Frank Carson knew they ran a clean place with clean girls; their house doctor never forged the reports. He knew that Sunday was “Beau Night” at the Everleigh Club, when girls were permitted to see their sweethearts, to accept flowers and hold hands, to experience all the thrills of dating as if they lived in homes. He knew there had been a shooting at the Club two years earlier, an unfortunate incident that was no fault of the sisters’. He knew the Everleighs brought a bit of decency to a profession rife with shame.
What People are Saying About This
"“Sin in the Second City is a masterful history lesson, a harrowing biography, and-best of all-a superfun read . I can't recommend this book loudly enough.” -Darin Strauss, author of Chang and Eng"
Reading Group Guide
1. The Everleigh sisters were technically criminals, yet they genuinely believed they were helping the girls in the Club. What do you think about the Everleigh sisters’ business practices? Why were they so successful?
2. How are Minna and Ada alike, and how are they different? Who was the stronger sister, in your opinion? How were they able to perpetuate so many lies for so long?
3. In what ways does Abbott’s portrait of turn-of-the-century America mirror the present day?
4. At the time the Everleighs ruled Chicago, what other choices did women have? Do you judge the women who became “sporting girls”? Do you judge the madams? What path do you think you would have chosen if you’d been alive and facing similar circumstances during the turn of the century?
5. On the surface it seems that there are only two sides in Sin in the Second City—the reformers and the sisters—but there are actually a few more: the politicians, the Levee gangsters, and the rival madams. Are there heroes in Sin in the Second City, and are there villains? Who did you sympathize with? Did you find your loyalties shifting at any point along the way?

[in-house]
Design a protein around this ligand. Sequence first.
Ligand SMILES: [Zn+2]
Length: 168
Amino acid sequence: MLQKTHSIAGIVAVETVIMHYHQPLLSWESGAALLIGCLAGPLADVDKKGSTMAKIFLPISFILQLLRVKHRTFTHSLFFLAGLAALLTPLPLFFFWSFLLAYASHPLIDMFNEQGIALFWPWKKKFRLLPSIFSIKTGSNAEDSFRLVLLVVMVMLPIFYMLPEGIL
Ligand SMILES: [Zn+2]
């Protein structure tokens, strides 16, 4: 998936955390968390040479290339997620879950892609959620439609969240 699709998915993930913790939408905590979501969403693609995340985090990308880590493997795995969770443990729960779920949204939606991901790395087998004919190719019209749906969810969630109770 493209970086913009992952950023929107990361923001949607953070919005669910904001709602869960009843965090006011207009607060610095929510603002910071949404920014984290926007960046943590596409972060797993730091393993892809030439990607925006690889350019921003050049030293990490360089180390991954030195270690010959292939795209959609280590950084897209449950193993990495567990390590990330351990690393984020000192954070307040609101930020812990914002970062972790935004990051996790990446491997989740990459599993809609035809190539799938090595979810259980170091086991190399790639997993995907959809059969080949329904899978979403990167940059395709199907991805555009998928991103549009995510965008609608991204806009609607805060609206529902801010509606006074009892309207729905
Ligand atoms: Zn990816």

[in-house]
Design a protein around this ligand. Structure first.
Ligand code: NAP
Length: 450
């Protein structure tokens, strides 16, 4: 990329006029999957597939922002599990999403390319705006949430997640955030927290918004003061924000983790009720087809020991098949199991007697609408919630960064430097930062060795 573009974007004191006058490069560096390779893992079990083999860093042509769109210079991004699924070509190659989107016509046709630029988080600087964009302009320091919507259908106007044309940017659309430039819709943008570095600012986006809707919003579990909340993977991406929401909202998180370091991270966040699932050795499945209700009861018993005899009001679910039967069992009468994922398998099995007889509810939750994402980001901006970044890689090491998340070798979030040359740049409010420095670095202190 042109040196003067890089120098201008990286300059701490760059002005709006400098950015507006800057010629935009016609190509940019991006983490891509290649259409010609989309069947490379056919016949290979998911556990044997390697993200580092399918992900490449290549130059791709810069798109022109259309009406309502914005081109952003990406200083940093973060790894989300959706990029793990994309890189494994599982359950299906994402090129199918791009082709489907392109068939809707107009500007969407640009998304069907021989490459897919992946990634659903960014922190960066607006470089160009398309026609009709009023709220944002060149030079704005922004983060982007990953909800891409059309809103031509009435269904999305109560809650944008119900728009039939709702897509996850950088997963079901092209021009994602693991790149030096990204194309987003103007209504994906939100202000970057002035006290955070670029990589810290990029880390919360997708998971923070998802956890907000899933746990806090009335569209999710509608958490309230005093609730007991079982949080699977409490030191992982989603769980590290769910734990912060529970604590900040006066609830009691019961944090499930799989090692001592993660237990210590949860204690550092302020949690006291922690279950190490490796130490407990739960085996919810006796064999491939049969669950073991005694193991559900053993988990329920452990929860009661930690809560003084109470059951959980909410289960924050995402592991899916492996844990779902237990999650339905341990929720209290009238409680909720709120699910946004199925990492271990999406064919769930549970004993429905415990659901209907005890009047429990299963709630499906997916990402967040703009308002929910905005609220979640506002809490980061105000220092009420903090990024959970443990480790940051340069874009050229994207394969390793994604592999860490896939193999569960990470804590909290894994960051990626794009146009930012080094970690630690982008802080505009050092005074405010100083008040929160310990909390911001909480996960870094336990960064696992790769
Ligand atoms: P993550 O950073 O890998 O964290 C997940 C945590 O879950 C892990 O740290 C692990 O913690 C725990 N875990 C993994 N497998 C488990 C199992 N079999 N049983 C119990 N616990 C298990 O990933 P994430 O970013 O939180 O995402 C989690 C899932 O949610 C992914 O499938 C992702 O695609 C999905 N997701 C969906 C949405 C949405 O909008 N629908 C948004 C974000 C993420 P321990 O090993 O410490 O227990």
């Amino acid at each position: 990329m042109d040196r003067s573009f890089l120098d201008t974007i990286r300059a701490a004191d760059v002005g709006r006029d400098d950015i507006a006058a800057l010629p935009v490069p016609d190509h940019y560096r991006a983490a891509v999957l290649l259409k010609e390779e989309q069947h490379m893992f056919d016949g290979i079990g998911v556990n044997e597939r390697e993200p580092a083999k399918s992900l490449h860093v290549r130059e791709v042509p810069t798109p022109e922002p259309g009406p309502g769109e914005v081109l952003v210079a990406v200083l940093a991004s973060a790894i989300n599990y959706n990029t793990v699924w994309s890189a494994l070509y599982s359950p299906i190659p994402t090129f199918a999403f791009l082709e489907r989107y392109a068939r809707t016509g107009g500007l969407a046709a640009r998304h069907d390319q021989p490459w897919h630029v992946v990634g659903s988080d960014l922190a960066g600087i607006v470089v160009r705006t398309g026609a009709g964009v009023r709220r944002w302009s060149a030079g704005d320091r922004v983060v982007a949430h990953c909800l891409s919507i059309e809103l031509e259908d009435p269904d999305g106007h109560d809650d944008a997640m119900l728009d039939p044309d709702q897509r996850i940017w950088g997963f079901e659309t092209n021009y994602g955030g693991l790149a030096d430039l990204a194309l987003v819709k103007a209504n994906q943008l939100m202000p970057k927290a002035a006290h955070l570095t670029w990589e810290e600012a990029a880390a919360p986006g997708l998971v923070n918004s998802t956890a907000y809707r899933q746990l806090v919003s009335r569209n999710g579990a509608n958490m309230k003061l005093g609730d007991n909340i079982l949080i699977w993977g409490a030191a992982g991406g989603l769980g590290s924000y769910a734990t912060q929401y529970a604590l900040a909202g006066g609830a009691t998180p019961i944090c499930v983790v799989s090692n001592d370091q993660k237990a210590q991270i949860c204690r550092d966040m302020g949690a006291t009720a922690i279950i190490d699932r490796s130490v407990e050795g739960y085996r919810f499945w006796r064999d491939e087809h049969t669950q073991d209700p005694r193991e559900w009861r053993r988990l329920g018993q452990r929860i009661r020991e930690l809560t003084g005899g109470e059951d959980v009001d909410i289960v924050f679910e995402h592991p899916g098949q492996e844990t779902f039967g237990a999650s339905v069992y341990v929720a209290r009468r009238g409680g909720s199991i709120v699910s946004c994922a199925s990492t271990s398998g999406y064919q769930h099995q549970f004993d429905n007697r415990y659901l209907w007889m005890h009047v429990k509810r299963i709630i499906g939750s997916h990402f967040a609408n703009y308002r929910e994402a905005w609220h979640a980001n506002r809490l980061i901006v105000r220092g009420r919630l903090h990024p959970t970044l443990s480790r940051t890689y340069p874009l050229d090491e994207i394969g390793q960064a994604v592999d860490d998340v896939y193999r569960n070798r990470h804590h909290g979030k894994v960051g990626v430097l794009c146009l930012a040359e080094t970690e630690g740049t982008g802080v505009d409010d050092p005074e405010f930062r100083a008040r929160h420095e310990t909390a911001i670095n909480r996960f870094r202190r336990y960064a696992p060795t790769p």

6. Do you think the reformers exaggerated or accurately represented the “white slavery” situation?
7. At one point, the African American boxing champion Jack Johnson shows up at the Club, and his presence causes quite a commotion. What does his visit tell you in terms of race and America at the turn of the century?
8. How did America’s sexual culture change during the Everleighs’ reign? Who was primarily responsible for these changes, the reformers or the underworld?
9. Chicago is as much a character in Sin in the Second City as the gangsters and the madams. Why do you think the Everleigh sisters chose to settle in Chicago? Would they have been as successful in another city, or was Chicago particularly conducive to their success?
10. Many reformers cited strong religious convictions as a reason for fighting the red-light districts. How do you think the religious tenor of the times compares to that of today?
11. What was your favorite Everleigh Club anecdote?
12. What satisfaction can be derived from a nonfiction book like Sin in the Second City that can’t be from novels? In what ways is the book like a novel?
13. Abbott stumbled upon the story of the Everleigh sisters while researching a long-lost relative. How much do you know about your own family’s history and ancestry? Do you know where they were and what they were doing from 1900 to 1911, when the Everleigh Club was in business?